Getting Tested

Prostate-specific antigen, or PSA, is a protein produced by cells of the prostate gland. There is no specific normal or abnormal level of PSA in the blood. In the past, most doctors considered PSA levels of 4.0 ng/mL and lower as normal. Therefore, if a man had a PSA level above 4.0 ng/mL, doctors would often recommend a prostate biopsy to determine whether prostate cancer was present. However, more recent studies have shown that some men with PSA levels below 4.0 ng/mL have prostate cancer and that many men with higher levels do not have prostate cancer.


The PSA test measures the level of PSA in a man’s blood. For this test, a blood sample is sent to a laboratory for analysis. This test can be done at home or in a doctor’s office.

The blood level of PSA is often elevated in men with prostate cancer, and the PSA test was originally approved by the FDA in 1986 to monitor the progression of prostate cancer in men who had already been diagnosed with the disease. In 1994, the FDA approved the use of the PSA test in conjunction with a digital rectal exam (DRE) to test asymptomatic men for prostate cancer. Men who report prostate symptoms often undergo PSA testing (along with a DRE) to help doctors determine the nature of the problem.

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Here’s the opinion of several highly-respected medical organizations:

The American Cancer Society recommends that men discuss the need for a PSA test with their doctors at the following times:

  • at age 50, if the man has an average risk of prostate cancer and can be expected to live at least another 10 years;
  • at age 45, if the man has a high risk of prostate cancer. This includes African-Americans and men who have a first-degree relative (father, brother, or son) diagnosed with prostate cancer at an early age (younger than age 65).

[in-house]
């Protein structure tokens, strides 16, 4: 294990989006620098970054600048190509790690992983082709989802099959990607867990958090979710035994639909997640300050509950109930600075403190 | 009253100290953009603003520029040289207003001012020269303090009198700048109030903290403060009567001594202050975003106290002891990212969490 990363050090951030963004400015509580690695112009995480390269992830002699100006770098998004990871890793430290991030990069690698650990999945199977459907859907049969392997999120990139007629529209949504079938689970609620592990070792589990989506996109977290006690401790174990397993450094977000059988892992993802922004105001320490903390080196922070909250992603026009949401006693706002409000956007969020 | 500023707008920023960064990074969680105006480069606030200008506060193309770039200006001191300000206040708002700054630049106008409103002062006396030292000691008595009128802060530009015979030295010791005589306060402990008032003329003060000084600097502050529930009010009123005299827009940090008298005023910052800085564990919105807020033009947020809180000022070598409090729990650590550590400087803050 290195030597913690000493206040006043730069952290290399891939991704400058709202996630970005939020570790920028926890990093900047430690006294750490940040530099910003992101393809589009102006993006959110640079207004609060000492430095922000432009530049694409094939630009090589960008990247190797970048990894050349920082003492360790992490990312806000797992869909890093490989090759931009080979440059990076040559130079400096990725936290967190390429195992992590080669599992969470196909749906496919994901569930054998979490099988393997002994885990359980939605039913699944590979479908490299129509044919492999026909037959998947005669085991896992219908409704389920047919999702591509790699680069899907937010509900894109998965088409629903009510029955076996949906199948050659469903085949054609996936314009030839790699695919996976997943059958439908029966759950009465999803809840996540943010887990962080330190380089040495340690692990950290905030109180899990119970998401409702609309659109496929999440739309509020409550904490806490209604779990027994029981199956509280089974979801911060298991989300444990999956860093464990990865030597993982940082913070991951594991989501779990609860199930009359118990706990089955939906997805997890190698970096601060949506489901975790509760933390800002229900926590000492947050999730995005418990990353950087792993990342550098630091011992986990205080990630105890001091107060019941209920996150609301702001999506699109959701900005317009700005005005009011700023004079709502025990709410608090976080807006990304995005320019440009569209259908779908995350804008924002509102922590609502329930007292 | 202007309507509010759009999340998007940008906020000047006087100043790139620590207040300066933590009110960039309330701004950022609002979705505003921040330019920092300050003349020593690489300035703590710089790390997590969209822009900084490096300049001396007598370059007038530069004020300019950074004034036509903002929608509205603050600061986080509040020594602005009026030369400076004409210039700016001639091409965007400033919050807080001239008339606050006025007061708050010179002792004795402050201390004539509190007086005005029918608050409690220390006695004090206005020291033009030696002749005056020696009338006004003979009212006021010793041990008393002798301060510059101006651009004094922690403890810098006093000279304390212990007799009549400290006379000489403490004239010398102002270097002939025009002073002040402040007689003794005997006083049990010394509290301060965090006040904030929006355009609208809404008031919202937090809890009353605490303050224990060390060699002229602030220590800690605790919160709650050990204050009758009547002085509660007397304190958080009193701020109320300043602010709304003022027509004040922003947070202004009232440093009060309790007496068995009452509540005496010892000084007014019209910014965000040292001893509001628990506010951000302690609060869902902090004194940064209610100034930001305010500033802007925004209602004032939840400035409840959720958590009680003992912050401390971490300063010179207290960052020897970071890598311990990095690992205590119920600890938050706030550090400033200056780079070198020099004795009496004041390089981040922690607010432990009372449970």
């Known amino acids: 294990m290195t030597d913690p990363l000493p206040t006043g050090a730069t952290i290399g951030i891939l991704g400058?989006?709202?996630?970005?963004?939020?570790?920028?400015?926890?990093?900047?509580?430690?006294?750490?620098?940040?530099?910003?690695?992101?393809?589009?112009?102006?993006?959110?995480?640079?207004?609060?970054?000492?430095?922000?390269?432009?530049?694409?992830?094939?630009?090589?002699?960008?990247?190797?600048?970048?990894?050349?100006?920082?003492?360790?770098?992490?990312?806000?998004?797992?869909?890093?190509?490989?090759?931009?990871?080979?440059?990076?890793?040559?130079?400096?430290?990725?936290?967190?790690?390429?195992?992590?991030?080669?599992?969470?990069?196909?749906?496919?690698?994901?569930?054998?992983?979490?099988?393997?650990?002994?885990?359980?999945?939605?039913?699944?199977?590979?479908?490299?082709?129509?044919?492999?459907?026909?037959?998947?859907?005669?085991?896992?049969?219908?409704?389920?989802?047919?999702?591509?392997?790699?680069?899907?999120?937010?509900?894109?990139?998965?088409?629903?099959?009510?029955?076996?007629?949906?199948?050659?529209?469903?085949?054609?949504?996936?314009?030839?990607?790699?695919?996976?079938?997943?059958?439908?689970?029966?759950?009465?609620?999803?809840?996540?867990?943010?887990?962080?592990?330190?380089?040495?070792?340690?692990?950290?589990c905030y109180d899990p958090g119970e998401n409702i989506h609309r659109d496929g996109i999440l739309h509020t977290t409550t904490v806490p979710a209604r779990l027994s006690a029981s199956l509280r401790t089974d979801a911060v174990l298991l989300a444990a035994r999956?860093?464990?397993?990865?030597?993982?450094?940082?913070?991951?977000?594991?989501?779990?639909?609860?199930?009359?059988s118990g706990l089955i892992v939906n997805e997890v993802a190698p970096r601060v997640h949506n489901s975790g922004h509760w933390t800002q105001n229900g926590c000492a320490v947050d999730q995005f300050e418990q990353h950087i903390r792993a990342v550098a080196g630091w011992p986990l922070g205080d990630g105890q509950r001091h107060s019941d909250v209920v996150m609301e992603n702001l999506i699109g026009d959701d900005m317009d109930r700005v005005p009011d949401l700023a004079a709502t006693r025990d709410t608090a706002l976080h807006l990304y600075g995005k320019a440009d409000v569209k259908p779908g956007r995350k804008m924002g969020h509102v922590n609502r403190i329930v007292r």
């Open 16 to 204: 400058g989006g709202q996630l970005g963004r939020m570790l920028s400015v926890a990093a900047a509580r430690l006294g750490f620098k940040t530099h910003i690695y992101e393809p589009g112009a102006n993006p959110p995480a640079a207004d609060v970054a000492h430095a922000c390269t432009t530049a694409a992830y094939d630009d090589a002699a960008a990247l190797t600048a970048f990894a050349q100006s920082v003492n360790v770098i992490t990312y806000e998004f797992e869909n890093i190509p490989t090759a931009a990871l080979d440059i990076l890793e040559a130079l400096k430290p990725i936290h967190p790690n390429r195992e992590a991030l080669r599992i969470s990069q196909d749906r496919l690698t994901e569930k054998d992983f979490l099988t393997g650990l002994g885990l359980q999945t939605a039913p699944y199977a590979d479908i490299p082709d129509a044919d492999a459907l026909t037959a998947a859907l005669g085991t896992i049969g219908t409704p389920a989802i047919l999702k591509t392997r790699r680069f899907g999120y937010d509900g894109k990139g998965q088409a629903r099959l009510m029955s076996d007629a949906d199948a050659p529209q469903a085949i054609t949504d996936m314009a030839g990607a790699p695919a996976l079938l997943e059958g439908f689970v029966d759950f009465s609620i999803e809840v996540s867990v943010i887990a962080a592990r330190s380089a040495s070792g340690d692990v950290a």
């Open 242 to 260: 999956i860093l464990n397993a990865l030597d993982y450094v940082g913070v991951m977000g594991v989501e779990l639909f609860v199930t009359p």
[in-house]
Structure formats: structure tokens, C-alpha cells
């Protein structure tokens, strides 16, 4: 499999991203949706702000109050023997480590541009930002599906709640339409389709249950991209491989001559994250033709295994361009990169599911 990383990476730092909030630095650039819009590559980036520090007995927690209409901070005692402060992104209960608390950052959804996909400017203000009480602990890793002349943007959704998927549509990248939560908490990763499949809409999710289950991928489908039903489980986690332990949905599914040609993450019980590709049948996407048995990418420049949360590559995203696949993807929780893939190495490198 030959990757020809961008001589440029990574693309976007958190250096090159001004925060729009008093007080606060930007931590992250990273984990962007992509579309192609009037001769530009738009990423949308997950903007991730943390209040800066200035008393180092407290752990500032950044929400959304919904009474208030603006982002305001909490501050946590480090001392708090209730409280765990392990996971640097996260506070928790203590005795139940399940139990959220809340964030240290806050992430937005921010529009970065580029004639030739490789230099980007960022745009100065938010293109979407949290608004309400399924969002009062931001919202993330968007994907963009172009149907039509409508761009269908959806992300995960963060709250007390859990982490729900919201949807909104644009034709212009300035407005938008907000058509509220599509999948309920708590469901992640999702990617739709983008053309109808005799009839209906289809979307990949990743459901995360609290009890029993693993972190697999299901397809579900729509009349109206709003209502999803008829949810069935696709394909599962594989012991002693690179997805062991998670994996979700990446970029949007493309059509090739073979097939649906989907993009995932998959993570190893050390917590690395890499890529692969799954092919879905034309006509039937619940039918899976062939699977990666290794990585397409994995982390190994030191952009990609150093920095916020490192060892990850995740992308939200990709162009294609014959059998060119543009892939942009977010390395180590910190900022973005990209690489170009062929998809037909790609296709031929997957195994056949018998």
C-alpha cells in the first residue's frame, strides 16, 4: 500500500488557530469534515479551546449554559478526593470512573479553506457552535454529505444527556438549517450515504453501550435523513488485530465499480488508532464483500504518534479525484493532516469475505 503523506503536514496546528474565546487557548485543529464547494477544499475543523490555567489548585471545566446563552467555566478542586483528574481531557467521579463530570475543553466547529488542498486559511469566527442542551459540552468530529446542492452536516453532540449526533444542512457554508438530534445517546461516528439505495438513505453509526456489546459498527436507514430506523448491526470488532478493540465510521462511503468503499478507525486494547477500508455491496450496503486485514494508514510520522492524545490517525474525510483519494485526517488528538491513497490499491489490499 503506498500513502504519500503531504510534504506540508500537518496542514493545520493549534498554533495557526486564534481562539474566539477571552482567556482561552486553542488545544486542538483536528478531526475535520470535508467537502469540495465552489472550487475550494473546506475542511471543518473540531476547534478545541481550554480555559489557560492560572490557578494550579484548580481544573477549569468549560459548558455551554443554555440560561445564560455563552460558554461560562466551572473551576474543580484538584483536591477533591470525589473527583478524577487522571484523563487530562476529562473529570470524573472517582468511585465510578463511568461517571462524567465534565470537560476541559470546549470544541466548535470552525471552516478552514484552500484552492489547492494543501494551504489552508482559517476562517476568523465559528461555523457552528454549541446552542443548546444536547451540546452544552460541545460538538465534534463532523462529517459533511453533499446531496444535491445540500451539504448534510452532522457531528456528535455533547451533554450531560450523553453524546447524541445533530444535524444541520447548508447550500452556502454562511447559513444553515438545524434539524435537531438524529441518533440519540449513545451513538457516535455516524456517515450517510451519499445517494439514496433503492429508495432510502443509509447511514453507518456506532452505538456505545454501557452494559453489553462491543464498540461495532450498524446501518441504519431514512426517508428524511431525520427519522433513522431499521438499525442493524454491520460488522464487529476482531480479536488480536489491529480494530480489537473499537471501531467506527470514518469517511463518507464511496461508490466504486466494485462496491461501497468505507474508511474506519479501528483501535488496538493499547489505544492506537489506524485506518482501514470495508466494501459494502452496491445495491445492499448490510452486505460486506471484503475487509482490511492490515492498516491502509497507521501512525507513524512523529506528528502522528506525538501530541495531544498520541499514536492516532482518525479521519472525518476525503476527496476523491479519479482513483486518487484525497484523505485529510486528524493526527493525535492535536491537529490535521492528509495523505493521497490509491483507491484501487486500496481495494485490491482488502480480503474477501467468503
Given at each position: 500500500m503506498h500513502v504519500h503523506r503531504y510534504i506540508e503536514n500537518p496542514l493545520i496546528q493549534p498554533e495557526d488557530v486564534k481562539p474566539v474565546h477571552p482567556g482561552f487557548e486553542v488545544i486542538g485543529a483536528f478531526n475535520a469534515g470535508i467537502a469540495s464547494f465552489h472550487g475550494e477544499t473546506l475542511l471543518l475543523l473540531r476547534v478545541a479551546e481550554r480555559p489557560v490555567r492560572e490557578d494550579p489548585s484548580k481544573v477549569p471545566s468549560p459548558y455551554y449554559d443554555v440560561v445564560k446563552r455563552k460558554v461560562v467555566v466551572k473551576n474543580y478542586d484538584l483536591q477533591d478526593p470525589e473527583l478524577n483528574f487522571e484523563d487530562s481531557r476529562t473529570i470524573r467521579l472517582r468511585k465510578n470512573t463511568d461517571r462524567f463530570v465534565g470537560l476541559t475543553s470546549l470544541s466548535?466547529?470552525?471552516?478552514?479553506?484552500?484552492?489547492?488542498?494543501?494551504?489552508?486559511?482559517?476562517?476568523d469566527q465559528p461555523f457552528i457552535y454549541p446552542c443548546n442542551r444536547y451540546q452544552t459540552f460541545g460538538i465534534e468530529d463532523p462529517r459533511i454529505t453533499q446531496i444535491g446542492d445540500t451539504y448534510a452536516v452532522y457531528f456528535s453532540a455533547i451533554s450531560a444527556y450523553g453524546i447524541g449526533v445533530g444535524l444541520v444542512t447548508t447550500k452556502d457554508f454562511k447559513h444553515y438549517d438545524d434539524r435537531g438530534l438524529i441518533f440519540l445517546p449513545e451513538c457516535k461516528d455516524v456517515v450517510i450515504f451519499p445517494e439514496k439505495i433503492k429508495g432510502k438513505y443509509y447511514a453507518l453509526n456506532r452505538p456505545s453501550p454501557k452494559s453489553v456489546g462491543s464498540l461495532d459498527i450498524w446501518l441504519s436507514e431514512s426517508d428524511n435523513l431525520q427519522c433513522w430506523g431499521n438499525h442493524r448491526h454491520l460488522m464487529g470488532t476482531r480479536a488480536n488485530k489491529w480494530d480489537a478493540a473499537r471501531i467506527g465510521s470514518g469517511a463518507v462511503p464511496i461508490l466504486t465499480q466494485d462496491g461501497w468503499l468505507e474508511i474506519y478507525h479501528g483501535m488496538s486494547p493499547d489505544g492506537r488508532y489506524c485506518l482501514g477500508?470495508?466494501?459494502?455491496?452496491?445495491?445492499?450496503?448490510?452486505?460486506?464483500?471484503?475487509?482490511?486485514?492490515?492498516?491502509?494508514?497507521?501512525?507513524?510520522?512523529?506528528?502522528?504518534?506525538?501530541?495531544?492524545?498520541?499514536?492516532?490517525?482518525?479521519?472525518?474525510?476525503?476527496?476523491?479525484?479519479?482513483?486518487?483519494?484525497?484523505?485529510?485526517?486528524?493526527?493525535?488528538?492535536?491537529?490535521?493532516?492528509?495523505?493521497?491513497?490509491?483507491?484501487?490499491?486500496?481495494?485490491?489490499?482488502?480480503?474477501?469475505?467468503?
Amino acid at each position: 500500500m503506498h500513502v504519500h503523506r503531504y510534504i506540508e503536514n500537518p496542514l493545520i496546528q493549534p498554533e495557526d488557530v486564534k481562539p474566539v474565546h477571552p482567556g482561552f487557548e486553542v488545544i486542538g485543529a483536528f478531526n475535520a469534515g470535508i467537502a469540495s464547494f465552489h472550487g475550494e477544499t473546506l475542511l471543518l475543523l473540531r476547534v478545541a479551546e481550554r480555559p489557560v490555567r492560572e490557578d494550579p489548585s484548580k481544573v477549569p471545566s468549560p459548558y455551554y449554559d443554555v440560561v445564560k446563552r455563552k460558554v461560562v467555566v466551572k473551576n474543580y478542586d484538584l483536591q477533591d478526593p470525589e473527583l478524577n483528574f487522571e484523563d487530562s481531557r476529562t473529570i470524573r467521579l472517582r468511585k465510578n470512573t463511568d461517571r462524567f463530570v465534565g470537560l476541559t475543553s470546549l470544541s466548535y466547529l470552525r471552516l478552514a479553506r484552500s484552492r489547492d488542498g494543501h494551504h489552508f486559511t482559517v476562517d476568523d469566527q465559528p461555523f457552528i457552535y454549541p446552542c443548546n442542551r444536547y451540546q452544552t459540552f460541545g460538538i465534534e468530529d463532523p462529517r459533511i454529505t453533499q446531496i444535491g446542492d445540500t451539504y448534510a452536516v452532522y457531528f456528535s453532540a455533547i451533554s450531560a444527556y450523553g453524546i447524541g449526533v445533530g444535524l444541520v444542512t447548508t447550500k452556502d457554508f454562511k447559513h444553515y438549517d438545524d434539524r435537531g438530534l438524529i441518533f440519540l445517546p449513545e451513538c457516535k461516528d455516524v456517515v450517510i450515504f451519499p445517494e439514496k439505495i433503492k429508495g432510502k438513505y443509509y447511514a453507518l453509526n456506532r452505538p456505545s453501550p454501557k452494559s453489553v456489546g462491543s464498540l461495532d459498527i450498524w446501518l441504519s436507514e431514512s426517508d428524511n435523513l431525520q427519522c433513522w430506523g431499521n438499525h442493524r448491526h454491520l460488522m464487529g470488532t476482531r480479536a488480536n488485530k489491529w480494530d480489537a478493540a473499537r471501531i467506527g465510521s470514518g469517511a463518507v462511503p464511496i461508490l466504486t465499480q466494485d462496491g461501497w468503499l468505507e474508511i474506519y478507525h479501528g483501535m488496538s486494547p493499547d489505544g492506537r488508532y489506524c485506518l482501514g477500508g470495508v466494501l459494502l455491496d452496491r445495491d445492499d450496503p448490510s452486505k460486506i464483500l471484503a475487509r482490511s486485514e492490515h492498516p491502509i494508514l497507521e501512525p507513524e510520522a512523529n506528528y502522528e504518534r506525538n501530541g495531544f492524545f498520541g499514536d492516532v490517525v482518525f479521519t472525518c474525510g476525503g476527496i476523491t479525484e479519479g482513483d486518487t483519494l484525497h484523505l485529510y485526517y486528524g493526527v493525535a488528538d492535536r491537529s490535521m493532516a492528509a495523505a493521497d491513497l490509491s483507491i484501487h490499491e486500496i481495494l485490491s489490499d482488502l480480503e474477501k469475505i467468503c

• at age 40, if the man has a very high risk (more than one first-degree relative diagnosed with prostate cancer younger than 65).

The National Cancer Institute notes that a PSA test may have a “false positive” or “false negative” result. A false-positive result means that the PSA level is high, but the man does not actually have cancer. As a result, he may have to have more tests that are unnecessary and may be harmful. A false-negative test means that even though the PSA level is low, the man actually does have cancer. The low PSA level may give him a false sense of security.

The American Urological Association recommends against routine screening for men under the age of 55 who are at average risk; for men in this age group who are at higher risk, the decision to have a PSA test should be considered on a case-by-case basis. For men between the ages of 55 and 69, the recommendation is to discuss the PSA test with the physician, taking into account the man’s overall medical condition and preferences.

So what does that mean for you??

Screening can mean early detection. So, for some men, the PSA screening test can be a lifesaver. You and your doctor must work together to make an informed decision on PSA testing. If you do choose to have the PSA screening test, make sure you have it along with the digital rectal exam. Having both screening tests is the most likely way not to miss a cancer.